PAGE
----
Bacteriophages direct several aspects of bacterial behavior and, considering the diversity and prevalence of the means described to date, we predict that the discovery of novel ways in which phages shape biological interaction networks will continue. As phages have been found that can impact carbon acquisition and metabolism, phages likely have roles in other key metabolic bacterial processes, such as nitrogen fixing. The ability of phages to alter bacterial survival in adverse conditions leads us to surmise that they may have roles in other specific behaviors such as chemotaxis and other adaptations in challenging environments, e.g. to heavy metal poisoning and exposure to irradiation.
Phages can modify bacterial behaviors either by directly introducing additional functions or by indirectly by regulating bacterial genes, e.g. by phage-encoded sigma factors. This paper presents several examples of how phages could increase cells defense, virulence, or survival in particular environments. The agr quorum sensing (QS) system is known to promote many of the behaviors and phenotypes discussed in this article, including toxin production, biofilm formation, motility, and sporulation. Alternatively, the phage QS genes may be a form of informing an expanded population of the same lysogen, (and therefore the phage), of its density within the environment with implications for induction and phage dynamics.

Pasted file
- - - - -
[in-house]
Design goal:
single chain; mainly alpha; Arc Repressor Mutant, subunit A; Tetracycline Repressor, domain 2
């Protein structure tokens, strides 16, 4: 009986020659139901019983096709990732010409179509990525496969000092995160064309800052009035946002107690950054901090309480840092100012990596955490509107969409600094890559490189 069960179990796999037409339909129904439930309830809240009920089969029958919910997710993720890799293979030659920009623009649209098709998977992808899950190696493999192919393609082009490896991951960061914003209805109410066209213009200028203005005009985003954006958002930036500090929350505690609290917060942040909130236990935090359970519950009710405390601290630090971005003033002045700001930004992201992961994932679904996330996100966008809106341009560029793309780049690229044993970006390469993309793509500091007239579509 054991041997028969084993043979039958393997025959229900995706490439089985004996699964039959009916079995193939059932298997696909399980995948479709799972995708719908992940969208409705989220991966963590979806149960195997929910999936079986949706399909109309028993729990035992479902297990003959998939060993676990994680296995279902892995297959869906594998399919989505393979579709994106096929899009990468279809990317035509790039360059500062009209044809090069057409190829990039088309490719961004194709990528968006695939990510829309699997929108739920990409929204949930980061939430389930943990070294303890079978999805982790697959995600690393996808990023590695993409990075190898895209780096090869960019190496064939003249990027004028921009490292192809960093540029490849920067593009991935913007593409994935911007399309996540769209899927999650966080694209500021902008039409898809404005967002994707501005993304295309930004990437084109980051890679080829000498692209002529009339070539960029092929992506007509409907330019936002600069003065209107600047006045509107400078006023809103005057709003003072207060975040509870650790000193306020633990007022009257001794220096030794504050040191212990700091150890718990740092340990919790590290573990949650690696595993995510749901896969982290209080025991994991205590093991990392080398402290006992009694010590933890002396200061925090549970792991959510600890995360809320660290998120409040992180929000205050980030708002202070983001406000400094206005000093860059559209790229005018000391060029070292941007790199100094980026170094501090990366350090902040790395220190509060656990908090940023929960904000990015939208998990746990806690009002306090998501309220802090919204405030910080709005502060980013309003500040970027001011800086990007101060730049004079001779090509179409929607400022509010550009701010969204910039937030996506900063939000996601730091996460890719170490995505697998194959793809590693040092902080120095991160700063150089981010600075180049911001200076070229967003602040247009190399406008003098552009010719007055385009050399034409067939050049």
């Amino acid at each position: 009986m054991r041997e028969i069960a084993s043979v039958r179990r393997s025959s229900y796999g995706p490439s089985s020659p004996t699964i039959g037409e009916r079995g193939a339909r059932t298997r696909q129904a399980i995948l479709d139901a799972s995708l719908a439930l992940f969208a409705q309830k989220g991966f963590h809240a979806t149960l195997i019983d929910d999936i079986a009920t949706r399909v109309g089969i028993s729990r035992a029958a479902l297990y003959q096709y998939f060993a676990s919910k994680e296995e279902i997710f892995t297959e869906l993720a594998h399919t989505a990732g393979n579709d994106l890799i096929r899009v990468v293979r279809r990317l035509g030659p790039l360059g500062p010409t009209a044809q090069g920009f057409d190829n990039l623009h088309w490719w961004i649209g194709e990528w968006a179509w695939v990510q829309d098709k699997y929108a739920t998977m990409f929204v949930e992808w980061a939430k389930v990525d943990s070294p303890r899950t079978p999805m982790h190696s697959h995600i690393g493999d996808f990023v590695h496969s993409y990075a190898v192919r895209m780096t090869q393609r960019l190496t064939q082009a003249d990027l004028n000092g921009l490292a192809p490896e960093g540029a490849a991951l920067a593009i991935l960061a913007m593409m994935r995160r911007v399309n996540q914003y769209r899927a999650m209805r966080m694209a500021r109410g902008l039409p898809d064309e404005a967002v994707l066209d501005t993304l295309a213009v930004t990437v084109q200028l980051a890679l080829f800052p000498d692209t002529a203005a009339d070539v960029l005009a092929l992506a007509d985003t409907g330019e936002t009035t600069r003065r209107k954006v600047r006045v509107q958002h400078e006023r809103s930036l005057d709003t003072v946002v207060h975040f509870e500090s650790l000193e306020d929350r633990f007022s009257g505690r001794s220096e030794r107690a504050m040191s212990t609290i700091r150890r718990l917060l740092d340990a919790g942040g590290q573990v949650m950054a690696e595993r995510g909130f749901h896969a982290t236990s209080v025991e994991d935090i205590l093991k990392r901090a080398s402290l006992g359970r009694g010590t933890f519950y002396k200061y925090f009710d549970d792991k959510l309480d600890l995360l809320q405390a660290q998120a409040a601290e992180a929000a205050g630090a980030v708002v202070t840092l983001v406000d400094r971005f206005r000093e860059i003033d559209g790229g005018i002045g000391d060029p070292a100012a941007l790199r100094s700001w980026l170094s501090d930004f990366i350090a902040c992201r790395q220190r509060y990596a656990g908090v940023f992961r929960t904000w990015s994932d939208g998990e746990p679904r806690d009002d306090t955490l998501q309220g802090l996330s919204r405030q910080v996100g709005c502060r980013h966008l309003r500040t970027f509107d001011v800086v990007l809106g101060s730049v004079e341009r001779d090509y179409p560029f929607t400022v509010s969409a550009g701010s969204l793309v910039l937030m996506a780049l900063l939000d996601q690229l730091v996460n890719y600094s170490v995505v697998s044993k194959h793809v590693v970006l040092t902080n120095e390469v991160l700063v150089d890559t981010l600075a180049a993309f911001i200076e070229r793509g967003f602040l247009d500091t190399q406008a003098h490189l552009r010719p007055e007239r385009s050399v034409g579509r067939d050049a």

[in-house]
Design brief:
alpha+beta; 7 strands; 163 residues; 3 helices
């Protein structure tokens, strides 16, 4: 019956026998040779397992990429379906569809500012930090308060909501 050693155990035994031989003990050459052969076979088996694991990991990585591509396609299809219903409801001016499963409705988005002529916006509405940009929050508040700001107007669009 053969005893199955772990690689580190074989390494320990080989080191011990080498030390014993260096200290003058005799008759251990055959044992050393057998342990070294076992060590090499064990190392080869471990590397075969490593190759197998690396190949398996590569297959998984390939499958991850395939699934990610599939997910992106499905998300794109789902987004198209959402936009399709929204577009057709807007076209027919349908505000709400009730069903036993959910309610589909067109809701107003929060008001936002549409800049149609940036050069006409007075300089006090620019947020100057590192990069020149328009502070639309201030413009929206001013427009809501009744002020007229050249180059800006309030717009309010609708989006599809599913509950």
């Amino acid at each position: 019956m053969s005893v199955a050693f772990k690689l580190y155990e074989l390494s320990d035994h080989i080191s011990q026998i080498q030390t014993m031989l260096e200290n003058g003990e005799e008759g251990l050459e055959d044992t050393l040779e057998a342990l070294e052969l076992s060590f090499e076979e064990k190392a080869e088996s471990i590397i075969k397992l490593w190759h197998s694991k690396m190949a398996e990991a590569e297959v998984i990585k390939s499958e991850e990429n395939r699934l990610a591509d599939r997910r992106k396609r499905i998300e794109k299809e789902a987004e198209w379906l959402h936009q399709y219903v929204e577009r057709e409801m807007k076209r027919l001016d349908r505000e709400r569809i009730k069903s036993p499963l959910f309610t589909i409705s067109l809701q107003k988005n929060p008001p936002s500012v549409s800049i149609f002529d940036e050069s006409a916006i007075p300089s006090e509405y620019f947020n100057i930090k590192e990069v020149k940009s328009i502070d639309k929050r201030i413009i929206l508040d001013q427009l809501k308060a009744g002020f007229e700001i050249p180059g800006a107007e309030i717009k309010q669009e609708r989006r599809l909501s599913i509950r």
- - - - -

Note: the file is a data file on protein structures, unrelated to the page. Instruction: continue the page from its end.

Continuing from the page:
Bacteriophage behavioral ecology: How phages alter their bacterial host’s habits. Bacteriophage (2014) 4: e29866. doi: 10.4161/bact.29866
Bacteriophages have an essential gene kit that enables their invasion, replication, and production. In addition to this “core” genome, they can carry “accessory” genes that dramatically impact bacterial biology, and presumably boost their own success. The content of phage genomes continue to surprise us by revealing new ways that viruses impact bacterial biology. The genome of a Clostridium difficile myovirus, phiCDHM1, contains homologs of three bacterial accessory gene regulator (agr) genes. The agr system is a type of quorum sensing (QS), via which the phage may modify C. difficile interactions with its environment. Although their mechanism of action is unknown, mutants in bacterial versions of these genes impact sporulation and virulence. To explore how phage QS genes may influence C. difficile biology, we examine the main categories of bacterial behavior that phages have been shown to influence and discuss how interactions via QS could influence behavior at a wider level.